Just in time for the weekend, here’s a look at the winning recipes from the National Constitution Center’s competition challenging Philadelphia mixologists to concoct the “Best ’20s-Inspired Cocktail” in honor of the Center’s acclaimed exhibition, American Spirits: The Rise and Fall of Prohibition.
The constitutional issue of Prohibition remains alive, in spirit, in Pennsylvania, but the commonwealth’s liquor control system might be under siege from the state’s governor.
Put away your lagers, your cocktail shakers, and your martini glasses. Prohibition is now in effect. On January 16, 1919, the 18th Amendment of the Constitution was ratified. After decades of steadily growing in its political influence, the temperance movement had succeeded in prohibiting the sale, manufacture, and transportation of “intoxicating liquors” throughout the United… [Continue Reading]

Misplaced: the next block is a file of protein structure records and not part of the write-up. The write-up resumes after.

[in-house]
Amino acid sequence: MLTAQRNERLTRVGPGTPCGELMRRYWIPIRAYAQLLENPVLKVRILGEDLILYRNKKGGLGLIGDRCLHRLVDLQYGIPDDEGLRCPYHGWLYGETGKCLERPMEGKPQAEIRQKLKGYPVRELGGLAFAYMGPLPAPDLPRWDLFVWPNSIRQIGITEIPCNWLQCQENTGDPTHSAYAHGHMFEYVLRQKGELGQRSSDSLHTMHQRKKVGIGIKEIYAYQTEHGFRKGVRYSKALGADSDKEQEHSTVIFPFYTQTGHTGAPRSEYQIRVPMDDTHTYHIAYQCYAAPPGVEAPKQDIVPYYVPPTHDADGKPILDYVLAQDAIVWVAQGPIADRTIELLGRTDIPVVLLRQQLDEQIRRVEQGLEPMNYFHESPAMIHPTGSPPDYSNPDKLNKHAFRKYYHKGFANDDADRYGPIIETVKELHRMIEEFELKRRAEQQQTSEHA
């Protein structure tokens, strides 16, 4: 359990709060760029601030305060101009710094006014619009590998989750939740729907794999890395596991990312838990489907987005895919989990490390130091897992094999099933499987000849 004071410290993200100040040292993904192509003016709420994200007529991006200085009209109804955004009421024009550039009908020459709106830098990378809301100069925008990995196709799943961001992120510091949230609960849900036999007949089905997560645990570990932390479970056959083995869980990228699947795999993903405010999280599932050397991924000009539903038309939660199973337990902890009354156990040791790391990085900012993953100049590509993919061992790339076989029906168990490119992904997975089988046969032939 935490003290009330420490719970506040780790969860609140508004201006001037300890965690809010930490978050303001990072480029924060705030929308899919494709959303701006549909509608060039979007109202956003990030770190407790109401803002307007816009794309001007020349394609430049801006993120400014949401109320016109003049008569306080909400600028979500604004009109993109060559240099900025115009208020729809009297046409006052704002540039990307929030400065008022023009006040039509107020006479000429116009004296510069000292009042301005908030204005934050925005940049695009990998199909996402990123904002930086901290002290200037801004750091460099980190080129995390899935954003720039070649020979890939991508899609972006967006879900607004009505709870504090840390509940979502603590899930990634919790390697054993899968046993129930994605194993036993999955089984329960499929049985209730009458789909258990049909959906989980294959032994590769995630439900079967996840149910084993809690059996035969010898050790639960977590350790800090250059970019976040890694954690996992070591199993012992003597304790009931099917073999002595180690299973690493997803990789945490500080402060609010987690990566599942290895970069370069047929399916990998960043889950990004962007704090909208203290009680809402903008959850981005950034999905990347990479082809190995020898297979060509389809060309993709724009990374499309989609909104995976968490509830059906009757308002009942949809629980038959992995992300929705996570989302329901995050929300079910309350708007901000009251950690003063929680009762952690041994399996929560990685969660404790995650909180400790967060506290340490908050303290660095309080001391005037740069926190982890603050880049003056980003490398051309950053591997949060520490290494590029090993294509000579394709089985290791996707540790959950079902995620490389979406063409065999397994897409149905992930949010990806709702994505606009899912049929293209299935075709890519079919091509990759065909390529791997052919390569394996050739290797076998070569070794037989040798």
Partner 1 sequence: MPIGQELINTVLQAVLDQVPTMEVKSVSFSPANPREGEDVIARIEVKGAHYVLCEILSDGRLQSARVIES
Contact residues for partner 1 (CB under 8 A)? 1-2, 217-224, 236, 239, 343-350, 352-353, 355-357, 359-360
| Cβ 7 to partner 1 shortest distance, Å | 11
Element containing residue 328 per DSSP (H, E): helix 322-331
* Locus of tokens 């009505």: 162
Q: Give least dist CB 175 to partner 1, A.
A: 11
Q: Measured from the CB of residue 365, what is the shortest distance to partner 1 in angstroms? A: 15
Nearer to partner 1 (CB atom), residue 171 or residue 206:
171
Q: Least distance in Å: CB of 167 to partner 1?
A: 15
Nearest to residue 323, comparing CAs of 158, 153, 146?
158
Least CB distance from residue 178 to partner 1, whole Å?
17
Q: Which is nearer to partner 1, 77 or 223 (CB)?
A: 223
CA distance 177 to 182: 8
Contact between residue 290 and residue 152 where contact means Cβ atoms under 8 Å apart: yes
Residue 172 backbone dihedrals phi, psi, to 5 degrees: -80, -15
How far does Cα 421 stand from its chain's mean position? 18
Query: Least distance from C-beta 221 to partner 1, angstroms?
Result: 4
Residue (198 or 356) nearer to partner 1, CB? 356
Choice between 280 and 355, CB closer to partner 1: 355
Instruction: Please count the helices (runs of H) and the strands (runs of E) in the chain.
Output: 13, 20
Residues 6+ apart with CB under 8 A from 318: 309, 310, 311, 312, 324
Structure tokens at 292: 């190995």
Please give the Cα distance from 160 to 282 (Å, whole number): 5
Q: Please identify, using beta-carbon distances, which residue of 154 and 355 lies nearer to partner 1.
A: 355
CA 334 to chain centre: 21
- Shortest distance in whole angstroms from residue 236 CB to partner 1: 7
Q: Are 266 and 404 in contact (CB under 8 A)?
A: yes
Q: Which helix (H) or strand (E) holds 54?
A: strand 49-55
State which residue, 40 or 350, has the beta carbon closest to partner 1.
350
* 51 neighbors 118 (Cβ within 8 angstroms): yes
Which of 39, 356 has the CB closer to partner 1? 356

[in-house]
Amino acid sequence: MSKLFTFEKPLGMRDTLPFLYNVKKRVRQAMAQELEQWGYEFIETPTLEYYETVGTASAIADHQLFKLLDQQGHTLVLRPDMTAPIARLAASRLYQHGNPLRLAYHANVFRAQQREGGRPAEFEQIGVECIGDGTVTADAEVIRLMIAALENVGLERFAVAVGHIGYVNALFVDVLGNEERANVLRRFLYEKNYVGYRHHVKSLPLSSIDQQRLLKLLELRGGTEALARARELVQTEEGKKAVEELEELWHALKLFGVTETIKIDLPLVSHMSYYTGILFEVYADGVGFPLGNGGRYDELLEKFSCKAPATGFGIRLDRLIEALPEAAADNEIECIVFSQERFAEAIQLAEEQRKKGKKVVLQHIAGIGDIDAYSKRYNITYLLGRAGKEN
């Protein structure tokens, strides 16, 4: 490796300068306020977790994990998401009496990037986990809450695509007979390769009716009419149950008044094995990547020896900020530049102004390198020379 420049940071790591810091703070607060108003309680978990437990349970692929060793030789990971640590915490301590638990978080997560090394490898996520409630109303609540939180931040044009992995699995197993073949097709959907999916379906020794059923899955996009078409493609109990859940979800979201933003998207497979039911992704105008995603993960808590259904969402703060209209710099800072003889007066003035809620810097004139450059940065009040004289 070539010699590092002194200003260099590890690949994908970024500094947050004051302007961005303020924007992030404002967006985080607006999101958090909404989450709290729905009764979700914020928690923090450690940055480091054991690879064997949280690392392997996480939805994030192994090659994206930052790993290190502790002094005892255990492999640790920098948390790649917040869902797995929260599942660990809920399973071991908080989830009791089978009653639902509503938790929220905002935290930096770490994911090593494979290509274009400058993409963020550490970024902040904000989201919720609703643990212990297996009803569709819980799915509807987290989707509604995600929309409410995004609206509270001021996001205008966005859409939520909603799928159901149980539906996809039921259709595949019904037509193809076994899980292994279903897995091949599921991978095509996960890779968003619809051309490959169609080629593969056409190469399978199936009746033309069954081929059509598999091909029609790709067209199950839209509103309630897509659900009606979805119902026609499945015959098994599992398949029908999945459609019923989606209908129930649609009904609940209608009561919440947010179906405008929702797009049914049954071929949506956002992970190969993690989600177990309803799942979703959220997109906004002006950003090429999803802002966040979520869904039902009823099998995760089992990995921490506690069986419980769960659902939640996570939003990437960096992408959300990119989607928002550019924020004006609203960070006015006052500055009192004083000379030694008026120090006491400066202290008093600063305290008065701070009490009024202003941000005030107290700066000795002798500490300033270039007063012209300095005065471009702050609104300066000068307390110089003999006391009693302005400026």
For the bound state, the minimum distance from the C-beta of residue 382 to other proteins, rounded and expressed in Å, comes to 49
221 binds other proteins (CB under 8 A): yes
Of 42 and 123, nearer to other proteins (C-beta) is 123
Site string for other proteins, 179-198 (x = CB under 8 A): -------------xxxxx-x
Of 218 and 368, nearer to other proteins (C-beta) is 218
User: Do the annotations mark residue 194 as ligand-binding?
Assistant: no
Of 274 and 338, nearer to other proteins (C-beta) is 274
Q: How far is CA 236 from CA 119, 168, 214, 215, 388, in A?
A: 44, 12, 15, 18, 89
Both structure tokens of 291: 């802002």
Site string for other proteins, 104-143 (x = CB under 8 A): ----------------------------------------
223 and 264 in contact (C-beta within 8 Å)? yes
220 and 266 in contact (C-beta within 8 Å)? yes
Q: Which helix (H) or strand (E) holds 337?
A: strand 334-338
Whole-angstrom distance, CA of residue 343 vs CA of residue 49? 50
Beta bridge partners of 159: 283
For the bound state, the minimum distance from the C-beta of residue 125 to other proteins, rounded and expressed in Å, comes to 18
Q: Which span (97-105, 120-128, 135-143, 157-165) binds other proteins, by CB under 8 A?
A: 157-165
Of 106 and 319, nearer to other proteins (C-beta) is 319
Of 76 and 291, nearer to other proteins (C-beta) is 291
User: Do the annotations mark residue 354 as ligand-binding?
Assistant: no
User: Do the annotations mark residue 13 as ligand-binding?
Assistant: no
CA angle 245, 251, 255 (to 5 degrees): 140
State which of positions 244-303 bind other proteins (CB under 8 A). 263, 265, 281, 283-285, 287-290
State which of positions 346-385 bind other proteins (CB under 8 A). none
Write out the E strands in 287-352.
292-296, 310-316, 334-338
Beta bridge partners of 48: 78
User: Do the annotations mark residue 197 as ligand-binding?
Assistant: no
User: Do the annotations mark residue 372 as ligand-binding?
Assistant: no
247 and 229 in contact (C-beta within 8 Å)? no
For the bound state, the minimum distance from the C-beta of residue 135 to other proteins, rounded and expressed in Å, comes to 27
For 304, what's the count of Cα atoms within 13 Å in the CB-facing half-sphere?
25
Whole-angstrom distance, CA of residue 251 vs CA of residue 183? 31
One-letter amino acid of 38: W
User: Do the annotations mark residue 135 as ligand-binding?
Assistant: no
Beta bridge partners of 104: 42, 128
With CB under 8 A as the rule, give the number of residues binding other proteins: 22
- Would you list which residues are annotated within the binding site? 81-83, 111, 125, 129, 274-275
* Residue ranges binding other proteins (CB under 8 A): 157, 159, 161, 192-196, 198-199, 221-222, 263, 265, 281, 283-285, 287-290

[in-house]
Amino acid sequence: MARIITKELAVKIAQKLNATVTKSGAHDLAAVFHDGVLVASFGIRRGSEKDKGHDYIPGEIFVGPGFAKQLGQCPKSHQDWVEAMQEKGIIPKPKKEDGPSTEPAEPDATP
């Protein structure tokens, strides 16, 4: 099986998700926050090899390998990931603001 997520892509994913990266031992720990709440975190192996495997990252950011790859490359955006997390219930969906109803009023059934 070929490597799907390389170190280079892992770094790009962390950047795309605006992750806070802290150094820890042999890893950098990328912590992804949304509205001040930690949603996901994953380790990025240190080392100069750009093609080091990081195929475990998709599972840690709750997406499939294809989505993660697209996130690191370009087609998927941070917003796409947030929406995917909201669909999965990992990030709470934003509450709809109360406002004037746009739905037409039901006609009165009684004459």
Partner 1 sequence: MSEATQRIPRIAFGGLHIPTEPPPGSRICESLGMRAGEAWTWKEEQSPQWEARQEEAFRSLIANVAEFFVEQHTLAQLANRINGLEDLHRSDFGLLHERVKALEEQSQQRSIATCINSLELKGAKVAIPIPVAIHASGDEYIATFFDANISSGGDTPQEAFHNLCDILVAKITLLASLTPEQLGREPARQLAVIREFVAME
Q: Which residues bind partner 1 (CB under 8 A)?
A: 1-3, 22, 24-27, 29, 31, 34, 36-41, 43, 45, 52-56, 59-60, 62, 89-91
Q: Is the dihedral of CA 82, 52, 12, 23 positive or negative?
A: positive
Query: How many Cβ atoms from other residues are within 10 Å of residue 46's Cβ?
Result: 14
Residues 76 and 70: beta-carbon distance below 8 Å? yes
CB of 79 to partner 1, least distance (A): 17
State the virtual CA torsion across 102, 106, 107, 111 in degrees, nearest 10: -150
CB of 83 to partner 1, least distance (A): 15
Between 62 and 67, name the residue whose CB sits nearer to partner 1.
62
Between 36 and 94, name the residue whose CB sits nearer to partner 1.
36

The Prohibition Era was one of most dynamic ages in American history, and it hit full speed on January 16, 1919, when the 18th Amendment was ratified. Officially, Prohibition started in 1920 and ended in 1933, but it was more than a century in the making, and parts of it are still with us today…. [Continue Reading]
In recent weeks, the United States has witnessed two parallel narratives unfolding over the contest between freedom and regulation in American society. On November 6, two states–Washington and Colorado–passed voter referendums decriminalizing recreational marijuana use in the face of federal policy that dictates otherwise. And on December 14, a young man walked into a Connecticut… [Continue Reading]